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  • Writer's pictureThe Bossy Bookworm

Review of The Vaster Wilds by Lauren Groff

Lauren Groff's beautiful and brutal novel The Vaster Wilds follows a young servant girl running from the Jamestown colony's disease and starvation; she reveals her secrets while scrabbling for survival in the unforgiving wilderness.


The world, the girl knew, was worse than savage, the world was unmoved. It did not care, it could not care, what happened to her, not one bit. She was a mote, a speck, a floating windborne fleck of dust.

Lauren Goff's novel The Vaster Wilds begins in the Jamestown colony in the early 1600s. A servant girl is fleeing her early colonial household in the brutal aftermath of plague and starvation.

Our main protagonist knows she is being chased because of something she's done, but the facts of the situation aren't revealed to the reader until late in the book. (She doesn't realize, as the reader does, due to the omniscient narrator, that her pursuer succumbs to death early on, and that she is evading new dangers but has no need of pushing on to escape threats of repercussions from her household.)

The orphan girl is essentially nameless--she doesn't attach to any of the insulting, ridiculing, or general names adults have carelessly thrown at her in her short life.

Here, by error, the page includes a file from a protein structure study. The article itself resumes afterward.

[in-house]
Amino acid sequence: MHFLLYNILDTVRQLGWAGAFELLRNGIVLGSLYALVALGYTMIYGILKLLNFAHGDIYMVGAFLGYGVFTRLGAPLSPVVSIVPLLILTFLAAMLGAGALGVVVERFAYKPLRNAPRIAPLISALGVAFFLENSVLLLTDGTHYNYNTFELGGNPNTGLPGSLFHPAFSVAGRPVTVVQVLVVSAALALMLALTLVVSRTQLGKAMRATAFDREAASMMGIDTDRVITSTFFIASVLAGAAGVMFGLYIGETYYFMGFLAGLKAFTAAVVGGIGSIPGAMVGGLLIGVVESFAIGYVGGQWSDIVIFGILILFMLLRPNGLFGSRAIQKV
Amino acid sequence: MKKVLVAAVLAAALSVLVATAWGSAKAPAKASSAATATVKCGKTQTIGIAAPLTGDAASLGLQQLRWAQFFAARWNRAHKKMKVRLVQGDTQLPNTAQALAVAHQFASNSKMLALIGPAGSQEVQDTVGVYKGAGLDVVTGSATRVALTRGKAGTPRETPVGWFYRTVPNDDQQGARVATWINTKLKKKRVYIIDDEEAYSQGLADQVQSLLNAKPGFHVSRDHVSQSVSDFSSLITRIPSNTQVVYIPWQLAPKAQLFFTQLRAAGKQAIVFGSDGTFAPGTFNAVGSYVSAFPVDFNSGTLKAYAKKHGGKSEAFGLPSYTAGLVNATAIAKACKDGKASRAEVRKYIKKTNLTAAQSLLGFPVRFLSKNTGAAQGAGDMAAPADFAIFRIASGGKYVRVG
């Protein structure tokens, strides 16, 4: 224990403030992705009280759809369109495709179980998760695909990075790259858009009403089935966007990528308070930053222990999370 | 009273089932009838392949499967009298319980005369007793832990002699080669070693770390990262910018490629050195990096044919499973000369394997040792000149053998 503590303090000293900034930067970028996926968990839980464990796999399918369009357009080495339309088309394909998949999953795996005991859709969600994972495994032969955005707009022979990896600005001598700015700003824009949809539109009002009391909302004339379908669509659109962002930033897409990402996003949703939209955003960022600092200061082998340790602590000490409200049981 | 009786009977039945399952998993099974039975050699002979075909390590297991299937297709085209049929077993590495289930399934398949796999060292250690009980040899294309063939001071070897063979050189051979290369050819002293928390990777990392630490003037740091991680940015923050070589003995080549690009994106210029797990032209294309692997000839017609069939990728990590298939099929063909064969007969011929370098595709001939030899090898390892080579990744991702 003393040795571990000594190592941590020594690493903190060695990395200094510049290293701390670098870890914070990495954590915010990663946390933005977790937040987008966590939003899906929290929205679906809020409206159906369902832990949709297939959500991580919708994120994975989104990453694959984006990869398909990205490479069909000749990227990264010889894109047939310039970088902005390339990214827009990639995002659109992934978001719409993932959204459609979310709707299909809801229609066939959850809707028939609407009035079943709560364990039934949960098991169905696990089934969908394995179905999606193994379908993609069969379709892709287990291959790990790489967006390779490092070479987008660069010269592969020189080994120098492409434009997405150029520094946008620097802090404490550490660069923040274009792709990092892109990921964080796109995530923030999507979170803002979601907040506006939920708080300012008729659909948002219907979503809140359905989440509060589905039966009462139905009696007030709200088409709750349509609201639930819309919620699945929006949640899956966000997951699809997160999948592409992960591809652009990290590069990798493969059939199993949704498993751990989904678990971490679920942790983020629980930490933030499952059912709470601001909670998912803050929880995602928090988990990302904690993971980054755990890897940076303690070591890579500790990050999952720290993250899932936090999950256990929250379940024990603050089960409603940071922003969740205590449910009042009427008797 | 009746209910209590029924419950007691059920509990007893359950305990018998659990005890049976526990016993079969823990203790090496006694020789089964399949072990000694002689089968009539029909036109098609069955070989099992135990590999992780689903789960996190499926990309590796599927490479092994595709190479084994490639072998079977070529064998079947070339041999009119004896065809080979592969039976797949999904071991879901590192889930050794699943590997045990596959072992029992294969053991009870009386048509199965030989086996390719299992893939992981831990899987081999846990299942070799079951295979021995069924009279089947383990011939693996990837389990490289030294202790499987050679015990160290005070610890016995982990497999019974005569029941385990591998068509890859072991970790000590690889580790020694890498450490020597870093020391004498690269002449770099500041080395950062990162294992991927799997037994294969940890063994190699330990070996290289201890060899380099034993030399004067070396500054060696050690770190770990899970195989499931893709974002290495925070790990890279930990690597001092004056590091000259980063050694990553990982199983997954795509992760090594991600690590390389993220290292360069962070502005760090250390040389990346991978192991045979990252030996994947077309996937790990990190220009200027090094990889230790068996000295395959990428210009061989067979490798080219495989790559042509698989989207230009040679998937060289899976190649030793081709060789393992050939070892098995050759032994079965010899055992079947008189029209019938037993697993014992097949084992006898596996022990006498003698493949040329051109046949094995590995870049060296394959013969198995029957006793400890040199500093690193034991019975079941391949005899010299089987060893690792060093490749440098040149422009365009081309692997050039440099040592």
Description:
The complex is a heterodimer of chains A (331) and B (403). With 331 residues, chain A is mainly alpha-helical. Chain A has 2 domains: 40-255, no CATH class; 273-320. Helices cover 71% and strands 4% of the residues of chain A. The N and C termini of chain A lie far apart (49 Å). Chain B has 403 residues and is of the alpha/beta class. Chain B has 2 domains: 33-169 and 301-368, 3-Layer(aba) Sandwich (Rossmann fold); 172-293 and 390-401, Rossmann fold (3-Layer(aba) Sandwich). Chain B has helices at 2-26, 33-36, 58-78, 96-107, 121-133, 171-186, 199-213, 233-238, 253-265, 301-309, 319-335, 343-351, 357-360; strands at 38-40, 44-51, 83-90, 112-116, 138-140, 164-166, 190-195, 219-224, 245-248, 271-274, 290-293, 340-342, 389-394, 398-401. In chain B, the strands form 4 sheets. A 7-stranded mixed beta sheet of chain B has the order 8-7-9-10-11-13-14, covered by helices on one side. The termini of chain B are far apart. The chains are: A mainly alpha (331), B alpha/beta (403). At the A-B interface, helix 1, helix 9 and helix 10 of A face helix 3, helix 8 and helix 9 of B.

She is uneducated but thoughtful, and she frequently considers issues of faith and life, separating these from the faulted holy men who introduced her to such concepts. She has visions of the past and of versions of the future in which her spirit transcends the pain and violence and knife-edge of death upon which she has survived.

Upon being on her own for the first time, she discovers that she is capable of cleverness in the wild as she dives deeper and deeper into the unforgiving wilderness. She manages to problem-solve enormous challenges and, against all odds, survive. Her life in the wild consists of scrabbling for sustenance and carving out shelter; floating deadly cold rivers; and fleeing from wild strangers and beasts.

Hers is a brutal existence buoyed only by meandering thoughts of the past--including her life's one tender connection, to the young daughter of her former household, her former charge--and her growing wonder at the mysteries of the natural world, which are wonderfully imperfect and beautifully wrought by Groff.

I listened to The Vaster Wilds as an audiobook.

Do you have any Bossy thoughts about this book?

Groff is also the author of Fates and Furies, Matrix, The Monsters of Templeton, and other novels.


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